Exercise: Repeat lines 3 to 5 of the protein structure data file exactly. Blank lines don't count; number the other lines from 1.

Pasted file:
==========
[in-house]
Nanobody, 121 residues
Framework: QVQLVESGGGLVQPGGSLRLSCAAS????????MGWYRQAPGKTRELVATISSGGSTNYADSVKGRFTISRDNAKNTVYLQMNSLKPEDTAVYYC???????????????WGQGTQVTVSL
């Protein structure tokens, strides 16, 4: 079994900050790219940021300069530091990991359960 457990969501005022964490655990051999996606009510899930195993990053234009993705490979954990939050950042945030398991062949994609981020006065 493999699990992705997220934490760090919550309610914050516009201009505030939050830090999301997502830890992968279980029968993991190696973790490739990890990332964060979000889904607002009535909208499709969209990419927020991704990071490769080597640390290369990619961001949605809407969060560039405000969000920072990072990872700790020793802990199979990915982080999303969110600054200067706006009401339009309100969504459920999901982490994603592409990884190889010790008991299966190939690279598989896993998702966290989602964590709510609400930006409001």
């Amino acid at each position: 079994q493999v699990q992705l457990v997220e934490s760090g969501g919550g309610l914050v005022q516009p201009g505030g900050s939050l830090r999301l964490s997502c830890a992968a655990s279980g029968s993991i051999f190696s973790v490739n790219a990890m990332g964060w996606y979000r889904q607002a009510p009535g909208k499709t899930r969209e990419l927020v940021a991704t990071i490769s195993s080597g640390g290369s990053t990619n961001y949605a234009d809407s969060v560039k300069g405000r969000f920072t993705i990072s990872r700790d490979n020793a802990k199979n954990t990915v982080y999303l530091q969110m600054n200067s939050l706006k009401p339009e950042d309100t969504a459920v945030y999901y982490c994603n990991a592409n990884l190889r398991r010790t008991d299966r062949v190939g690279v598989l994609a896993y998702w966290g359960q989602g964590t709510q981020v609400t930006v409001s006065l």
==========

Framework: QVQLVESGGGLVQPGGSLRLSCAAS????????MGWYRQAPGKTRELVATISSGGSTNYADSVKGRFTISRDNAKNTVYLQMNSLKPEDTAVYYC???????????????WGQGTQVTVSL
């Protein structure tokens, strides 16, 4: 079994900050790219940021300069530091990991359960 457990969501005022964490655990051999996606009510899930195993990053234009993705490979954990939050950042945030398991062949994609981020006065 493999699990992705997220934490760090919550309610914050516009201009505030939050830090999301997502830890992968279980029968993991190696973790490739990890990332964060979000889904607002009535909208499709969209990419927020991704990071490769080597640390290369990619961001949605809407969060560039405000969000920072990072990872700790020793802990199979990915982080999303969110600054200067706006009401339009309100969504459920999901982490994603592409990884190889010790008991299966190939690279598989896993998702966290989602964590709510609400930006409001």
């Amino acid at each position: 079994q493999v699990q992705l457990v997220e934490s760090g969501g919550g309610l914050v005022q516009p201009g505030g900050s939050l830090r999301l964490s997502c830890a992968a655990s279980g029968s993991i051999f190696s973790v490739n790219a990890m990332g964060w996606y979000r889904q607002a009510p009535g909208k499709t899930r969209e990419l927020v940021a991704t990071i490769s195993s080597g640390g290369s990053t990619n961001y949605a234009d809407s969060v560039k300069g405000r969000f920072t993705i990072s990872r700790d490979n020793a802990k199979n954990t990915v982080y999303l530091q969110m600054n200067s939050l706006k009401p339009e950042d309100t969504a459920v945030y999901y982490c994603n990991a592409n990884l190889r398991r010790t008991d299966r062949v190939g690279v598989l994609a896993y998702w966290g359960q989602g964590t709510q981020v609400t930006v409001s006065l």